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Language Connections in Social Studies

Teaching with the Library of Congress has a post about using Walt Whitman’s diaries in the classroom, and they make a great suggestion about using literature to make connections to social studies:

Team with a social studies teacher to develop a list of writers and specific literary selections (this works with novels or short stories as well as poems) that can be connected to historical events and eras.

Using literature is a terrific way to make the connection to history more personal — seeing how someone else responded to the times in which they lived gives context to the facts and conjectures of history can generate questions about both the author and the milieu.  For example, how would students of 19th century imperial India analyze Rudyard Kipling?  Or examine how Jorge Luis Borges’ writing illuminates 20th century Argentinian politics?  How does Toni Morrison address the scars left by slavery?  The possibilities are limitless.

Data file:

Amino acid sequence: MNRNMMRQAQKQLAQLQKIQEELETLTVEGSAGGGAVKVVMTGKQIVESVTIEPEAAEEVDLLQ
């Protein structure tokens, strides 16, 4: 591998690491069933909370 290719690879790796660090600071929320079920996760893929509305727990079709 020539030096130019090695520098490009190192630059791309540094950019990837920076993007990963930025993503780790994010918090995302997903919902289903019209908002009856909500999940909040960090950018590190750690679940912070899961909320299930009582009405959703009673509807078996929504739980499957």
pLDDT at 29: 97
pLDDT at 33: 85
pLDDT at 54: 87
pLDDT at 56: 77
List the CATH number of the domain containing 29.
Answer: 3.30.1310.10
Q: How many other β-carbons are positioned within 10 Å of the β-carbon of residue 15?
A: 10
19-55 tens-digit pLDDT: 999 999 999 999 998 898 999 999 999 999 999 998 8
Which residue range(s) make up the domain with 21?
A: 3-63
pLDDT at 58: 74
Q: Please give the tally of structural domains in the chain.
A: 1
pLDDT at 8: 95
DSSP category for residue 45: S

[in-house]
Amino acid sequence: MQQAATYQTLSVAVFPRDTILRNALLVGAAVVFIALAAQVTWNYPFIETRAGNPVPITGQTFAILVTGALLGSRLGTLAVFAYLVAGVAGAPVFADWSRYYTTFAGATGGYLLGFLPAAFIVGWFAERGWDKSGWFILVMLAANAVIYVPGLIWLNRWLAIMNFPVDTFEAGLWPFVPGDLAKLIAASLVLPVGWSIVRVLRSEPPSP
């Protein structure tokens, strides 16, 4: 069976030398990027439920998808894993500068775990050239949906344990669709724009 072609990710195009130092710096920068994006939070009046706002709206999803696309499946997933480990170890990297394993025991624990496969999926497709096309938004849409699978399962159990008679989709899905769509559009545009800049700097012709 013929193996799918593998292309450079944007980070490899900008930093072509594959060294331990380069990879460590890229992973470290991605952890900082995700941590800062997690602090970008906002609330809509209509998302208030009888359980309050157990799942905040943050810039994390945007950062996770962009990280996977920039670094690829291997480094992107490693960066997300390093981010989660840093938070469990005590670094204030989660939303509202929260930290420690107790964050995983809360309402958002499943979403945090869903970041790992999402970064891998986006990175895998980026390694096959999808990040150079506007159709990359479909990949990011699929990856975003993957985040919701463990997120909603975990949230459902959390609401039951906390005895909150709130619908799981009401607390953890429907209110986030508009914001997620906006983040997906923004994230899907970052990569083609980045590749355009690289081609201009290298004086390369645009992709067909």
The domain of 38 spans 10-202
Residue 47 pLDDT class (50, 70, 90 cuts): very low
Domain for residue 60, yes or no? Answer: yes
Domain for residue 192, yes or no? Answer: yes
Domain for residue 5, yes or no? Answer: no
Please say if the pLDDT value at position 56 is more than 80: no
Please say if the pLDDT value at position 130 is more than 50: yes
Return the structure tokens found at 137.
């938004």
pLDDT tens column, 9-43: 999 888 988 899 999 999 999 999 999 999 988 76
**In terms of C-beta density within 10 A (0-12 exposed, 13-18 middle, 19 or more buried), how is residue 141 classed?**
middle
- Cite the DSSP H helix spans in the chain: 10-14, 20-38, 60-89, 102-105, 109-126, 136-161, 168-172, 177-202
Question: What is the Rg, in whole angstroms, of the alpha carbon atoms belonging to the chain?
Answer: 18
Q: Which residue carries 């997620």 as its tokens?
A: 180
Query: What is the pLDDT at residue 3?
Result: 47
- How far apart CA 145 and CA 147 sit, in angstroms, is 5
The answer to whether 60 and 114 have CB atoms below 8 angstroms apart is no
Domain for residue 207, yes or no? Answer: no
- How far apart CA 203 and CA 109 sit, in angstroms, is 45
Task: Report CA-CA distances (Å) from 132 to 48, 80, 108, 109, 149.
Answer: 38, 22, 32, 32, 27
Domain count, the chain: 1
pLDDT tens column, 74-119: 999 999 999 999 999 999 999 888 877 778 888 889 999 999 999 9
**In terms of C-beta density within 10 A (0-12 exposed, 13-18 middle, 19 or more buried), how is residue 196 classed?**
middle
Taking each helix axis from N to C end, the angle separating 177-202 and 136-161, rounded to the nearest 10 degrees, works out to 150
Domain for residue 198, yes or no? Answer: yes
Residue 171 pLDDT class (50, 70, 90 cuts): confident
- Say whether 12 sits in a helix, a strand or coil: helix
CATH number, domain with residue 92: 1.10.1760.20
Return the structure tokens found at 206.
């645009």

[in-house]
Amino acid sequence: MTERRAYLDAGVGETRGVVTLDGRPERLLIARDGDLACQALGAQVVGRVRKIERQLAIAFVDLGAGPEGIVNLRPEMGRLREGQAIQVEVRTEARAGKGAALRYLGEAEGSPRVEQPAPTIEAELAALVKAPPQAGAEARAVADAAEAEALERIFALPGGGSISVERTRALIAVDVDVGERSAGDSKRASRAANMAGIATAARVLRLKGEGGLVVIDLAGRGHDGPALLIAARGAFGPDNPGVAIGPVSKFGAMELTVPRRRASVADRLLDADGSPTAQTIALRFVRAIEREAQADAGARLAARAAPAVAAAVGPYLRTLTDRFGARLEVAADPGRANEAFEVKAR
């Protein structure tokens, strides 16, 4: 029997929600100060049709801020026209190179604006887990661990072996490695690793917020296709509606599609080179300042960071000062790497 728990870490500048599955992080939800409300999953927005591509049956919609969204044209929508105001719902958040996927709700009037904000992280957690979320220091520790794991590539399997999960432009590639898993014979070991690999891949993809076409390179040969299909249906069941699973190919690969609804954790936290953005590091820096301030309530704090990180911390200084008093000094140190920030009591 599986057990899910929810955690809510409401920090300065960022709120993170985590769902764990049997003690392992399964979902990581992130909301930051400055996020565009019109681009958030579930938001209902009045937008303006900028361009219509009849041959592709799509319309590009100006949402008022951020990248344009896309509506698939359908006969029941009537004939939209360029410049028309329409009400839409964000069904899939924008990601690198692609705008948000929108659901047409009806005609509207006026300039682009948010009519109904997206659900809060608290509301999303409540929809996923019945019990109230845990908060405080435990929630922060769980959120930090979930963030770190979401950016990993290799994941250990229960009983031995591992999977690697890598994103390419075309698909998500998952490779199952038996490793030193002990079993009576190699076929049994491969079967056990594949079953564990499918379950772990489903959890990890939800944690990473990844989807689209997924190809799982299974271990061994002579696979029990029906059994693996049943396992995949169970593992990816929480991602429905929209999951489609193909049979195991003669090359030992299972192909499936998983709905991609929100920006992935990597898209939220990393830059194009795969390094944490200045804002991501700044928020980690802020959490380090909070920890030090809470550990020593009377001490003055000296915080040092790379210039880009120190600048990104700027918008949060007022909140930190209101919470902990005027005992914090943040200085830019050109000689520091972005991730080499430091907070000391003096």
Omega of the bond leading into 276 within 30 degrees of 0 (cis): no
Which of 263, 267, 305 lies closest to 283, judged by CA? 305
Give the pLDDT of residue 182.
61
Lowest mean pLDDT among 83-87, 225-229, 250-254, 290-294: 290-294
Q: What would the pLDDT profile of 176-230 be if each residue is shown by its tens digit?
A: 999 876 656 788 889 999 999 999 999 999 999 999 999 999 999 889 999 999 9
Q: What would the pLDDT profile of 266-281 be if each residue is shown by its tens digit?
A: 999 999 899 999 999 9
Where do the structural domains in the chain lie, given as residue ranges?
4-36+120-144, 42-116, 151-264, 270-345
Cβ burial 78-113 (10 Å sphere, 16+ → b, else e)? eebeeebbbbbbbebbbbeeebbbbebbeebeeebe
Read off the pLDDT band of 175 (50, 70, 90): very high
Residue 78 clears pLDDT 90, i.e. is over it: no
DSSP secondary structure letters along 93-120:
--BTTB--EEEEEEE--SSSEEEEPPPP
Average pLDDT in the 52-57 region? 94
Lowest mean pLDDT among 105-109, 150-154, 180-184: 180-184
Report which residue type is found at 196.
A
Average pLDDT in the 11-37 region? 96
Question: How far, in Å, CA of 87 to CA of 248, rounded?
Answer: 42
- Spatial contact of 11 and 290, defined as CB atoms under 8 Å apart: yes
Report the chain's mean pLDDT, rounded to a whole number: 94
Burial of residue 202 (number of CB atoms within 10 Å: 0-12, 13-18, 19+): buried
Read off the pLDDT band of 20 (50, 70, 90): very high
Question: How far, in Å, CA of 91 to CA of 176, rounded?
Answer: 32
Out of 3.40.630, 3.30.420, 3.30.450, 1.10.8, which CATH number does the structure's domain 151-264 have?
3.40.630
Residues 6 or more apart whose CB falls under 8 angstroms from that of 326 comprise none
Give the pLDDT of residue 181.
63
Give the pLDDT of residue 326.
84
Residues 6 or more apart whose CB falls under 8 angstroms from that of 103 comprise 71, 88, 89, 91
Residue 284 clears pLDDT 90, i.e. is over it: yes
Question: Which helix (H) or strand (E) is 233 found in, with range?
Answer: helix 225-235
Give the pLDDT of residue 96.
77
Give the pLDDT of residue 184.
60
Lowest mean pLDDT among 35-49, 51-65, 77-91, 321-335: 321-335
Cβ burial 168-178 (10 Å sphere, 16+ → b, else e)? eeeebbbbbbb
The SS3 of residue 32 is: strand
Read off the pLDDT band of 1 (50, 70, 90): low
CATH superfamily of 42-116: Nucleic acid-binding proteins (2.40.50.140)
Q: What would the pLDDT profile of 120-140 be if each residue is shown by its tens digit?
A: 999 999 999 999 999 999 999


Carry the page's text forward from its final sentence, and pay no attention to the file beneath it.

Start with reading the chapter overview that explains the basic facts of the historical era, then read the author’s notable people biography and chronology entries from their time.  What else was going on during their lives that may have influenced their writing?

BulbgraphOnOffUse the chronology entries to gain context for an event or an era, or as a starting point for further research.

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Dr. Annelies Kamran is V.P. for Content and Product Development at WorldView Software, Inc.

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